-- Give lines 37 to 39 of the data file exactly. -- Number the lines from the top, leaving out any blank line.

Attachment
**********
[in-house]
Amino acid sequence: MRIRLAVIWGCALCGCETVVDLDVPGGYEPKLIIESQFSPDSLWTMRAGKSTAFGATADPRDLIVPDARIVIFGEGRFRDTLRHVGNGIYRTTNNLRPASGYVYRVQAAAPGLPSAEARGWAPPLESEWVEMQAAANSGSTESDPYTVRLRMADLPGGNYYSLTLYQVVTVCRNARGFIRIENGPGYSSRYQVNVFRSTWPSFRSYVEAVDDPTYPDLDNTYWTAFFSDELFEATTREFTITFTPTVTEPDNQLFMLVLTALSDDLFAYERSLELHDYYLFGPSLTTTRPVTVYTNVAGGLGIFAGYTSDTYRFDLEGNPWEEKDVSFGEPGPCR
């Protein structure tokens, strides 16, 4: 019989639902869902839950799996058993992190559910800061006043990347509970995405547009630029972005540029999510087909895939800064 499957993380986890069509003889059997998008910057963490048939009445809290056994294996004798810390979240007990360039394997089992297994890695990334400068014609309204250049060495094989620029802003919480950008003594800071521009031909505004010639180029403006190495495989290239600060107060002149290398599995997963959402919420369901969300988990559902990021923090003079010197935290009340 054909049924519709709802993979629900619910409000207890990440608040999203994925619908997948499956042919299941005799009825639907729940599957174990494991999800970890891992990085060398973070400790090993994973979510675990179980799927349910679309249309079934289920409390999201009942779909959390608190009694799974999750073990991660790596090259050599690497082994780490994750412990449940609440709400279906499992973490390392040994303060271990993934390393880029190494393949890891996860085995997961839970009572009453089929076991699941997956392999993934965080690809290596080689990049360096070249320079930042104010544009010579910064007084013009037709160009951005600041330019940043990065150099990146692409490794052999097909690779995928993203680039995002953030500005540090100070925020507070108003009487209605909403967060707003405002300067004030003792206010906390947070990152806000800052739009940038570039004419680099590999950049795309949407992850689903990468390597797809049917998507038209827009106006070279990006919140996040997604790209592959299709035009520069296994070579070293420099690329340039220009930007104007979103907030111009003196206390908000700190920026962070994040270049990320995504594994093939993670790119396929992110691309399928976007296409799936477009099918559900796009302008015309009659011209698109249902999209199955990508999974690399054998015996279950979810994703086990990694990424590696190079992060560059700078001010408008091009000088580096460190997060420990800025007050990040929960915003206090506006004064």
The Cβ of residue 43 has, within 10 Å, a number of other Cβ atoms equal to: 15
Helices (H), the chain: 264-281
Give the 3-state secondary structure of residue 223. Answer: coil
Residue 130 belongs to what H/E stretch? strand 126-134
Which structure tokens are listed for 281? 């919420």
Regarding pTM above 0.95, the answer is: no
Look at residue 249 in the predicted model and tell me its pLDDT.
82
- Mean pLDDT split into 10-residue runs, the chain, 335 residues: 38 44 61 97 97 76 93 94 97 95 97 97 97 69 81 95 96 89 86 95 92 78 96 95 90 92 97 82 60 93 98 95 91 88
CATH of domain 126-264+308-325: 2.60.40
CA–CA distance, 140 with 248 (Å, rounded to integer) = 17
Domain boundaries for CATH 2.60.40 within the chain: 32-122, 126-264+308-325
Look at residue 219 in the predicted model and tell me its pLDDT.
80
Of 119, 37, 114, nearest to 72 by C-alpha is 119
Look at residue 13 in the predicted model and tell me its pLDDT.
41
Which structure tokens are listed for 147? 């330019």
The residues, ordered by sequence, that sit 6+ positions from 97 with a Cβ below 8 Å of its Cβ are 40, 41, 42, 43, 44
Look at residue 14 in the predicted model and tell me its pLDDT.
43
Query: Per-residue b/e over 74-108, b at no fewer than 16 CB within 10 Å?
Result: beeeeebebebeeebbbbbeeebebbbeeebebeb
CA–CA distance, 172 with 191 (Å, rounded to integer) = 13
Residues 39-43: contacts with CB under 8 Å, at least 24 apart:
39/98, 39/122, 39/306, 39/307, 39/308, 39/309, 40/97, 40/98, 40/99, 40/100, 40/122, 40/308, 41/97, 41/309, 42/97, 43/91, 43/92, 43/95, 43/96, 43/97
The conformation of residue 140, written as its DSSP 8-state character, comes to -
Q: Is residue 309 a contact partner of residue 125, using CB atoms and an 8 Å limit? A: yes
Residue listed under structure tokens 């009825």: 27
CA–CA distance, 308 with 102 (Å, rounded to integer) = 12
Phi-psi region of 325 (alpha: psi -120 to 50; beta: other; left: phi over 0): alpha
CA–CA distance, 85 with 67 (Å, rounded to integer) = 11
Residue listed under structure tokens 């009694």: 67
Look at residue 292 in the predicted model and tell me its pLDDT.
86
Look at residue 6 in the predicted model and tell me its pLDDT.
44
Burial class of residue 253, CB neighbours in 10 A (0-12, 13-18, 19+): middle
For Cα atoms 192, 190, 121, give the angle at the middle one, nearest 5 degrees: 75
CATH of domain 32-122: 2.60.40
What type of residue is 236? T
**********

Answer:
Look at residue 292 in the predicted model and tell me its pLDDT.
86
Look at residue 6 in the predicted model and tell me its pLDDT.